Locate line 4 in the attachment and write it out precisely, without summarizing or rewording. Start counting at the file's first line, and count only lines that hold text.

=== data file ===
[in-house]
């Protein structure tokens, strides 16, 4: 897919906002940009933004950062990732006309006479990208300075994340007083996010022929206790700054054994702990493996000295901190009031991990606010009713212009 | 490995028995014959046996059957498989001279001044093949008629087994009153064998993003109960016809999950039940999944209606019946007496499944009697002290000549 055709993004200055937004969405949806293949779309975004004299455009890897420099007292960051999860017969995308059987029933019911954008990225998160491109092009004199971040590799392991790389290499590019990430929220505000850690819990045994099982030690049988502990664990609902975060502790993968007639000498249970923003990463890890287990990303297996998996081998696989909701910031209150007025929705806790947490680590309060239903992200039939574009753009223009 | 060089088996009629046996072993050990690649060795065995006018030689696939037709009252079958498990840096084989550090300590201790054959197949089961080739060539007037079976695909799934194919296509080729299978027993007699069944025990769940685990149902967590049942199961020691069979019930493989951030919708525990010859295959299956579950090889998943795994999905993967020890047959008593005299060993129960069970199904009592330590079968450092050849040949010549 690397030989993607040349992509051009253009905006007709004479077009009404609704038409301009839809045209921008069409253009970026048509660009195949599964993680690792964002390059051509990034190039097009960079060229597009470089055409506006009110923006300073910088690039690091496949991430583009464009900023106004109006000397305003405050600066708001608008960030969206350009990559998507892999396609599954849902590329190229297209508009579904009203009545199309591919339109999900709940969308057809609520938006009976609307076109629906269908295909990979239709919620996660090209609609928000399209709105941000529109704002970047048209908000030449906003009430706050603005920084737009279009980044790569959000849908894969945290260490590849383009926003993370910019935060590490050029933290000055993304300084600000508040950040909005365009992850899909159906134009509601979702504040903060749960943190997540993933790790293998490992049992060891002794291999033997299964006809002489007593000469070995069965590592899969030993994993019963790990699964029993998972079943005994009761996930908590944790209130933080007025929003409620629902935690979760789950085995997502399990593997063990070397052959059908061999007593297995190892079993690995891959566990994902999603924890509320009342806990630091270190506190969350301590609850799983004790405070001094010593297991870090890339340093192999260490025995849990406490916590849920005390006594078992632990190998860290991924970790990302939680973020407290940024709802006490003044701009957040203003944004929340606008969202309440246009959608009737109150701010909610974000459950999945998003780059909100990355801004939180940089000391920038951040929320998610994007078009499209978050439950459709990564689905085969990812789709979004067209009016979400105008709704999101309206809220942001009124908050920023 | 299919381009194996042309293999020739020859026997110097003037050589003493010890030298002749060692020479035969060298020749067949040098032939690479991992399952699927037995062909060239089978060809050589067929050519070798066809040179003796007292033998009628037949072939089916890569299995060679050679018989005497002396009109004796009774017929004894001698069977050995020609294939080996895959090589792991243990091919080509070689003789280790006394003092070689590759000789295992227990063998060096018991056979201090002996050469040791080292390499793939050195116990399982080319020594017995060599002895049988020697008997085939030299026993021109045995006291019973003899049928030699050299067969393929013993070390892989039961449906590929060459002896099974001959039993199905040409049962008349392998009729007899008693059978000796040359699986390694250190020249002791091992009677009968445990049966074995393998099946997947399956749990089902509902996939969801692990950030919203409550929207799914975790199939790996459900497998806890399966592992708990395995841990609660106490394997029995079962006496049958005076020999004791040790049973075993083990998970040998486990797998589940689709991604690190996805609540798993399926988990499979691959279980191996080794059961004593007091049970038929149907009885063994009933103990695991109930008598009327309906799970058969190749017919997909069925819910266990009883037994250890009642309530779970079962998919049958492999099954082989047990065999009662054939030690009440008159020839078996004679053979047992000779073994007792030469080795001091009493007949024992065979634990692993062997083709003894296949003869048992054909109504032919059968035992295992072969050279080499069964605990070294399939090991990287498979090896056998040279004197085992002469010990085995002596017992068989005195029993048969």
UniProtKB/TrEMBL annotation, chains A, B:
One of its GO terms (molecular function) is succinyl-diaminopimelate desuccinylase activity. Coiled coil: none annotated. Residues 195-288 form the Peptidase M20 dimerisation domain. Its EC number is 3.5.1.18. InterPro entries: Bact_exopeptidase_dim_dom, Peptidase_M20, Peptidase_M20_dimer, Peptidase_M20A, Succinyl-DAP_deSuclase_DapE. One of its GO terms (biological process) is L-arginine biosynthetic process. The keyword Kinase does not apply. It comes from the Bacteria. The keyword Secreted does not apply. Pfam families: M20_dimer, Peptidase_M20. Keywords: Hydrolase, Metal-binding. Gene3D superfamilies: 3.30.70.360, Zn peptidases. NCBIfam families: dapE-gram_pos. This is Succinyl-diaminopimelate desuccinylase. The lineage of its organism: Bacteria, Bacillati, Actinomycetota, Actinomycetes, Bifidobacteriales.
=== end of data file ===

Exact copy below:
One of its GO terms (molecular function) is succinyl-diaminopimelate desuccinylase activity. Coiled coil: none annotated. Residues 195-288 form the Peptidase M20 dimerisation domain. Its EC number is 3.5.1.18. InterPro entries: Bact_exopeptidase_dim_dom, Peptidase_M20, Peptidase_M20_dimer, Peptidase_M20A, Succinyl-DAP_deSuclase_DapE. One of its GO terms (biological process) is L-arginine biosynthetic process. The keyword Kinase does not apply. It comes from the Bacteria. The keyword Secreted does not apply. Pfam families: M20_dimer, Peptidase_M20. Keywords: Hydrolase, Metal-binding. Gene3D superfamilies: 3.30.70.360, Zn peptidases. NCBIfam families: dapE-gram_pos. This is Succinyl-diaminopimelate desuccinylase. The lineage of its organism: Bacteria, Bacillati, Actinomycetota, Actinomycetes, Bifidobacteriales.